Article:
Ofer Dekel and Yuval Diskin were sent to Egypt and authorized by the prime minister to present his terms for the Shalit prisoner swap. The room for maneuver Olmert gave his emissaries, alongside the implied ultimatum to Hamas, was meant to create the proper combination between stick and carrot.
Olmert’s announcement whereby this is the last day he will be willing to negotiate with Hamas – before handing over the issue to the rightist government to be formed in Israel – was meant to convey an implied threat, letting Hamas know there is no chance it will be able to secure better terms in the near future. This is the stick. Yet the shin Bet director’s presence in Cairo is the carrot – it is meant to make it clear to Hamas that Israel is willing to show flexibility and finalize a deal, and what’s no less important, it is meant to legitimatize the deal in the eyes of government ministers and Israeli public opinion.
We should also keep in mind that should the government approve the deal, the list of Palestinian prisoners to be freed will be published on the Internet. Those who wish to appeal it – and there will likely be quite a few – would be able to turn to the High Court and to the president (who must approve the pardon of some of the prisoners.) The signature of the Shin Bet director is essential in overcoming these two obstacles.
Yet meanwhile, on the other side too many elements with conflicting interests are involved in the issue.
For the sake of simplifying the matter, we shall divide Hamas’ leadership to two camps: The uncompromising camp – headed by Khaled Mashaal in Damascus and Ahmed Jabari, the group’s military wing commander in Gaza, and the pragmatic camp, headed by Mashaal’s deputy Moussa Abu Marzouk and Gaza political leader Dr. Mahmoud al-Zahar.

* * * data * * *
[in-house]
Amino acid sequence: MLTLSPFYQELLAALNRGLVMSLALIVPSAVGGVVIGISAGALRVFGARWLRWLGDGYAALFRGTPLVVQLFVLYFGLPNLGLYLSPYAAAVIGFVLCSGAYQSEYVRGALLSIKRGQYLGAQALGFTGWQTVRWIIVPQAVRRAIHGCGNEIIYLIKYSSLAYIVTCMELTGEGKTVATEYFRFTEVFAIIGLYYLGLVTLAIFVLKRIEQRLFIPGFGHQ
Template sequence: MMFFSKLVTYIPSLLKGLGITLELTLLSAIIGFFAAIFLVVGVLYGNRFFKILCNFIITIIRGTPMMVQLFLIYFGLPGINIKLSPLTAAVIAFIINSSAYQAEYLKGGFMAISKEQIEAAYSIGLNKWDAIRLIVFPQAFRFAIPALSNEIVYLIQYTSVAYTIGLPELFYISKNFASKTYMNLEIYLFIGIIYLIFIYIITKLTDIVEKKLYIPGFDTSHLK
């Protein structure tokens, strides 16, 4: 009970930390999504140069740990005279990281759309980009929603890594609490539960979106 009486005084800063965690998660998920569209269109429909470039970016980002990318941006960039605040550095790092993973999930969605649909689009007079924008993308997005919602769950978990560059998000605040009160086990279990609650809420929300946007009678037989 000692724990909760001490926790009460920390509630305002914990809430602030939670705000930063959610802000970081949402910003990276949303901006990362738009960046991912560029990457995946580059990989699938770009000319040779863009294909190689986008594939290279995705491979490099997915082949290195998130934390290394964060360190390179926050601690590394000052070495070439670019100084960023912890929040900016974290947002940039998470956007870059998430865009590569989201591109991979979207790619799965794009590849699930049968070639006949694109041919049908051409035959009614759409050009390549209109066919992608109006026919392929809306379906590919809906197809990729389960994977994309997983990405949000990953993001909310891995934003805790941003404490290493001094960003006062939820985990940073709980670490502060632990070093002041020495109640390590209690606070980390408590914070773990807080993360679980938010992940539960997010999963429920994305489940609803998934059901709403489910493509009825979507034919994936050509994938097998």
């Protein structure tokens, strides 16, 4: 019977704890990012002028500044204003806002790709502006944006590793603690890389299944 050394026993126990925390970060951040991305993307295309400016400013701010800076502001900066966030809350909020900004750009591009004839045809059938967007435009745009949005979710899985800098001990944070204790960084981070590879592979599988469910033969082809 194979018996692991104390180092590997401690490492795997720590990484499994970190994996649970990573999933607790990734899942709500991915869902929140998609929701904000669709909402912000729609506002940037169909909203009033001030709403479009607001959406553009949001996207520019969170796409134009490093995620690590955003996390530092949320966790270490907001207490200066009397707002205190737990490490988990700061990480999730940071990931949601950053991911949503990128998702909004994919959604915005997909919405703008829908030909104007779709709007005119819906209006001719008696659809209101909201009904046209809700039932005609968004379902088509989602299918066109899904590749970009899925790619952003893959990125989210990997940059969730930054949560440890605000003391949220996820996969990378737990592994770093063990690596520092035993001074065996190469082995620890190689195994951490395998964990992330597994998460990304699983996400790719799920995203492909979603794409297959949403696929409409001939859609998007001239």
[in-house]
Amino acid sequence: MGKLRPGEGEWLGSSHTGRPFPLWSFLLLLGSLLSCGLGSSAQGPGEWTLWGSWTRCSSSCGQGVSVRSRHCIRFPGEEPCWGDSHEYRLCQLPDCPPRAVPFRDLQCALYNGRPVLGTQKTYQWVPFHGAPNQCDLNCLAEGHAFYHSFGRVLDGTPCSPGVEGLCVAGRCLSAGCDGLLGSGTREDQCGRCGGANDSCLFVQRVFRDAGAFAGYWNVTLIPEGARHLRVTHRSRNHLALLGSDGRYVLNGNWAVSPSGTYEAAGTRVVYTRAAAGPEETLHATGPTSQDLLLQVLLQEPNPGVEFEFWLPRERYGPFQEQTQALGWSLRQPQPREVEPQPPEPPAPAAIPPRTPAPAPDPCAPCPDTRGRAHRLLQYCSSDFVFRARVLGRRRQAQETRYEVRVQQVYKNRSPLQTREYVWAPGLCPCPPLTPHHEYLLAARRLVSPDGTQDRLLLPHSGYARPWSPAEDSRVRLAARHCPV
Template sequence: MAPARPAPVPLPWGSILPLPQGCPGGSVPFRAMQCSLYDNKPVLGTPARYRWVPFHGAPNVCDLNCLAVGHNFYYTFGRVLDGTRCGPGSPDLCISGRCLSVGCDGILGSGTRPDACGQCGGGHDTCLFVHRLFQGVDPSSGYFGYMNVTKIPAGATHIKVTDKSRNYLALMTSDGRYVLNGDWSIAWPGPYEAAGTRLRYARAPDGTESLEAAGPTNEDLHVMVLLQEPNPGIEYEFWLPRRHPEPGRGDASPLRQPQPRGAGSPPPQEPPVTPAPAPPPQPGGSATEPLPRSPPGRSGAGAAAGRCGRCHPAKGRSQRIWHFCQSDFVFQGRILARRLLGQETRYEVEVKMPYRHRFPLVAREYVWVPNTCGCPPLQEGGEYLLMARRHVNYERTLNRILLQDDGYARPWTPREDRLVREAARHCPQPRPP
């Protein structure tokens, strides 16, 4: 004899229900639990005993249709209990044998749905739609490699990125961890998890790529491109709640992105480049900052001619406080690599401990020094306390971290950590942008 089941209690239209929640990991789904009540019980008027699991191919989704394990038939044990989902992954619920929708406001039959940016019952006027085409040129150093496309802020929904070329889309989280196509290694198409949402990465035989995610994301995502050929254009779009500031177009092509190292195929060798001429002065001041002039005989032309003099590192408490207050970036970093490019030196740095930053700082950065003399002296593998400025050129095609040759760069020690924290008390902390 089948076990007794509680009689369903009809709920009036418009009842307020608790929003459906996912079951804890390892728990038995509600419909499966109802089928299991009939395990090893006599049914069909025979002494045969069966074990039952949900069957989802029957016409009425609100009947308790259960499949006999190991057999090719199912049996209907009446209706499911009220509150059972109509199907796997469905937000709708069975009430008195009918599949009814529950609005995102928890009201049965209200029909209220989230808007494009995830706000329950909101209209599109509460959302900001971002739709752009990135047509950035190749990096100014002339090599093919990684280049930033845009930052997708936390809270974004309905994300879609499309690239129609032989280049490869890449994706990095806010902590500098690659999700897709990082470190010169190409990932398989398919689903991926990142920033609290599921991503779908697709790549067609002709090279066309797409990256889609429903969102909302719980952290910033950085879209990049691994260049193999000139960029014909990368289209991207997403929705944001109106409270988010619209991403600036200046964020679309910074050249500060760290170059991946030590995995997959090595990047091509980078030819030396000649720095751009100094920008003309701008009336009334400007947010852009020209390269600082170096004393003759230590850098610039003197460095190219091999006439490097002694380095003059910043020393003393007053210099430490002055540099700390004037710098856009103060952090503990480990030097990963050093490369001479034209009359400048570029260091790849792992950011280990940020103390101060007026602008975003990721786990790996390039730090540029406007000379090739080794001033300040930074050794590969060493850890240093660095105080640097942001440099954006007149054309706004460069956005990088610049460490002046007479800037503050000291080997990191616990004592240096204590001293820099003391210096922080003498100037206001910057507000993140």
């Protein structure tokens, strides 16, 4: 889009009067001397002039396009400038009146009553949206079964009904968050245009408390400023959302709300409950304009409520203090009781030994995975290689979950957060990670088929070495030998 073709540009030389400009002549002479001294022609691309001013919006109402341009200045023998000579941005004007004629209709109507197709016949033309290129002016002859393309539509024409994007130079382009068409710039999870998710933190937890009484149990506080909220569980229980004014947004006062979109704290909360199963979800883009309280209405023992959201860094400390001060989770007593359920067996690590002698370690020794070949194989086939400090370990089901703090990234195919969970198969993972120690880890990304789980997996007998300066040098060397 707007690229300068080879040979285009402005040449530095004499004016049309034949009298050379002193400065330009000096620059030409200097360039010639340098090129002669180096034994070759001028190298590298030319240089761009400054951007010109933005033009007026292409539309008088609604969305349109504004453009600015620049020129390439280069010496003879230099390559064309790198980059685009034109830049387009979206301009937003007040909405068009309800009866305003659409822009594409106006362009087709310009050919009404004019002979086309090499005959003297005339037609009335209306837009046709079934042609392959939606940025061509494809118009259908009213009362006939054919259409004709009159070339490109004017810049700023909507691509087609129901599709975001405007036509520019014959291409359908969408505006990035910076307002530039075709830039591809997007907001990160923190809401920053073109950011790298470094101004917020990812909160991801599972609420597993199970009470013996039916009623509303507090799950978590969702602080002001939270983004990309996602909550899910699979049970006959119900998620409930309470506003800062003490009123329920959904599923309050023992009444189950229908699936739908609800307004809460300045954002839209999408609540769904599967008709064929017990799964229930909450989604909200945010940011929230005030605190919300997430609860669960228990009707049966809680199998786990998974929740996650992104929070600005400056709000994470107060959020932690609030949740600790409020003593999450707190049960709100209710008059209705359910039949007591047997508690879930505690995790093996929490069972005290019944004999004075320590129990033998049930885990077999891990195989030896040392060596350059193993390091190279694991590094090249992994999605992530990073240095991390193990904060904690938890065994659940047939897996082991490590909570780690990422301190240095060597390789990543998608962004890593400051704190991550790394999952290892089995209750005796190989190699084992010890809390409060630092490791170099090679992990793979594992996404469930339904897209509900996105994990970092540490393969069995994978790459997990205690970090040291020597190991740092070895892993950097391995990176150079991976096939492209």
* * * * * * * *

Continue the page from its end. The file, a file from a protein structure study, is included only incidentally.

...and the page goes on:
The first camp wants a deal that can be presented as the unconditional surrender of Israel to Hamas – this would enable the group to erase Israel’s achievements in Operation Cast Lead and present a political and military victory that would draw support on the Palestinian street. This is also very important for Hamas in the context of reconciliation talks with Fatah currently being held in Cairo. Iran also supports the Mashaal’s and Jabari’s approach.
The pragmatic camp wants the same thing, yet its leaders believe that quickly rebuilding the Strip by opening the crossings and agreeing on a lull are more important in order to position the movement as the dominant element within Palestinian society. They view this as an issue that is more important than a few “heavyweight” names of murderers who will be released or exiled (to Syria or Gaza.)
Genuine dilemmaCredible Palestinian sources say that the debate between the two camps continues at this time. In talks held by Ofer Dekel recently, and mostly last week in Cairo, Hamas representatives showed certain flexibility and willingness to make concessions. However, the gap still exists, or at least existed as of Thursday. We can assume that over the weekend, various elements within Hamas’ leadership were engaged in intense talks and debates.
Hamas leaders are facing a genuine dilemma. On the one hand, they know that should the negotiations with Olmert fail to secure a deal, the release of terrorists will be postponed by several months, prompting the fury of hundereds of families pressing for a quick deal. Moreover, the full opening of the crossings, the rebuilding of Gaza, and a new lull would also be postponed. There’s also the danger of the Netanyahu government embarking on a new round of fighting in order to c complete the job of Operation Cast Lead.
On the other hand, according to credible sources, Hamas’ leadership estimates that negotiations with Netanyahu’s representatives will not start from scratch, but rather, continue from the current position, and that Israel’s new PM won’t embark on a military operation as not to jeopardize the prospects of freeing Shalit.
At this time, nobody in Israel knows or is willing to estimate whether Hamas formulated its final position, and whether such position would allow for a deal that government members, and mostly Olmert, would be willing to approve. Therefore, it is very possible that by tomorrow the government would need to make a fateful decision, as it weighs the approach of politicians and security officials willing to pay the full price demanded by Hamas vis-à-vis the “not at any price” approach of others.